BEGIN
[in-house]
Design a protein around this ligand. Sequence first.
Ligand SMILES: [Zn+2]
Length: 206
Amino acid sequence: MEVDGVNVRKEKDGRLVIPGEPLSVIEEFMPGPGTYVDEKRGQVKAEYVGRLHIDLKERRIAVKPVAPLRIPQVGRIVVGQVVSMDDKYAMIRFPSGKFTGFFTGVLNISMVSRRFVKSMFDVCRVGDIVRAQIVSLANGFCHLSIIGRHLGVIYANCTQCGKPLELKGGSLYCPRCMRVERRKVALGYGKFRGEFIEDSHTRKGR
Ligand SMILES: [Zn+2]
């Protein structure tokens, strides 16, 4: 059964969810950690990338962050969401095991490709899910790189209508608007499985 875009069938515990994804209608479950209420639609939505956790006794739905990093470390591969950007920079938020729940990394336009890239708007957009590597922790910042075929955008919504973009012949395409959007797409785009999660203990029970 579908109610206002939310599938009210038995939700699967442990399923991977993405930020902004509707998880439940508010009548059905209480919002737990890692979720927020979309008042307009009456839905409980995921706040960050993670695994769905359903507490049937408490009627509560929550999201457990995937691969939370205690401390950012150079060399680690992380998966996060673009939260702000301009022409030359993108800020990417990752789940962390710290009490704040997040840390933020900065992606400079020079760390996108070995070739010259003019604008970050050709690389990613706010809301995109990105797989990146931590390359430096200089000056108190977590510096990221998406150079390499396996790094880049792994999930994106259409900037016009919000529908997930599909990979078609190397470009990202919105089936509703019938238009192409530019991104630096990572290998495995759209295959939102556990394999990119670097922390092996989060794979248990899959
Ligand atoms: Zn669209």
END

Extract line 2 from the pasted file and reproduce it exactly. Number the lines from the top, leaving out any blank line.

Design a protein around this ligand. Sequence first.